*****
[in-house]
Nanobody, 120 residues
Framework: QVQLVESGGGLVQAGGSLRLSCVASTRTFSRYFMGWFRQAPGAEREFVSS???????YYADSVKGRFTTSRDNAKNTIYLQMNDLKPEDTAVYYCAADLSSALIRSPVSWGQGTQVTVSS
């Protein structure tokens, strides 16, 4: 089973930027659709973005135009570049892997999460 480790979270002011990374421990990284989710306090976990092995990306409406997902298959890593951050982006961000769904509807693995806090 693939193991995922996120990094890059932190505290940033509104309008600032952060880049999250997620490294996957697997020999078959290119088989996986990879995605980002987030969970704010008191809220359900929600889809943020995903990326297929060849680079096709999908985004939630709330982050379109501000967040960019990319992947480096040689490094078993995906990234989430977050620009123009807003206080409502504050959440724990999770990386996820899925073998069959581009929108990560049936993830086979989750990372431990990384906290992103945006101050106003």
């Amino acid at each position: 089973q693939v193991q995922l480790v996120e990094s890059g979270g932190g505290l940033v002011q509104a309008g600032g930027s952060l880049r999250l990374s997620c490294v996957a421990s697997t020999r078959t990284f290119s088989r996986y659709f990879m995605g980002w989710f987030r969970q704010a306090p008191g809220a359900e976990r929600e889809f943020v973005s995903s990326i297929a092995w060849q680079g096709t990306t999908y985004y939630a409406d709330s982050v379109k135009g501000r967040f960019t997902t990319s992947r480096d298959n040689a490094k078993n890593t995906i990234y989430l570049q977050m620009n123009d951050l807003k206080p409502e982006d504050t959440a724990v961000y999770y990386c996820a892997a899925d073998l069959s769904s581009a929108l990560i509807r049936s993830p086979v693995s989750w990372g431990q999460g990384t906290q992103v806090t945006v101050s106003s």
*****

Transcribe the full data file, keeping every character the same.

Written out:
[in-house]
Nanobody, 120 residues
Framework: QVQLVESGGGLVQAGGSLRLSCVASTRTFSRYFMGWFRQAPGAEREFVSS???????YYADSVKGRFTTSRDNAKNTIYLQMNDLKPEDTAVYYCAADLSSALIRSPVSWGQGTQVTVSS
């Protein structure tokens, strides 16, 4: 089973930027659709973005135009570049892997999460 480790979270002011990374421990990284989710306090976990092995990306409406997902298959890593951050982006961000769904509807693995806090 693939193991995922996120990094890059932190505290940033509104309008600032952060880049999250997620490294996957697997020999078959290119088989996986990879995605980002987030969970704010008191809220359900929600889809943020995903990326297929060849680079096709999908985004939630709330982050379109501000967040960019990319992947480096040689490094078993995906990234989430977050620009123009807003206080409502504050959440724990999770990386996820899925073998069959581009929108990560049936993830086979989750990372431990990384906290992103945006101050106003």
């Amino acid at each position: 089973q693939v193991q995922l480790v996120e990094s890059g979270g932190g505290l940033v002011q509104a309008g600032g930027s952060l880049r999250l990374s997620c490294v996957a421990s697997t020999r078959t990284f290119s088989r996986y659709f990879m995605g980002w989710f987030r969970q704010a306090p008191g809220a359900e976990r929600e889809f943020v973005s995903s990326i297929a092995w060849q680079g096709t990306t999908y985004y939630a409406d709330s982050v379109k135009g501000r967040f960019t997902t990319s992947r480096d298959n040689a490094k078993n890593t995906i990234y989430l570049q977050m620009n123009d951050l807003k206080p409502e982006d504050t959440a724990v961000y999770y990386c996820a892997a899925d073998l069959s769904s581009a929108l990560i509807r049936s993830p086979v693995s989750w990372g431990q999460g990384t906290q992103v806090t945006v101050s106003s």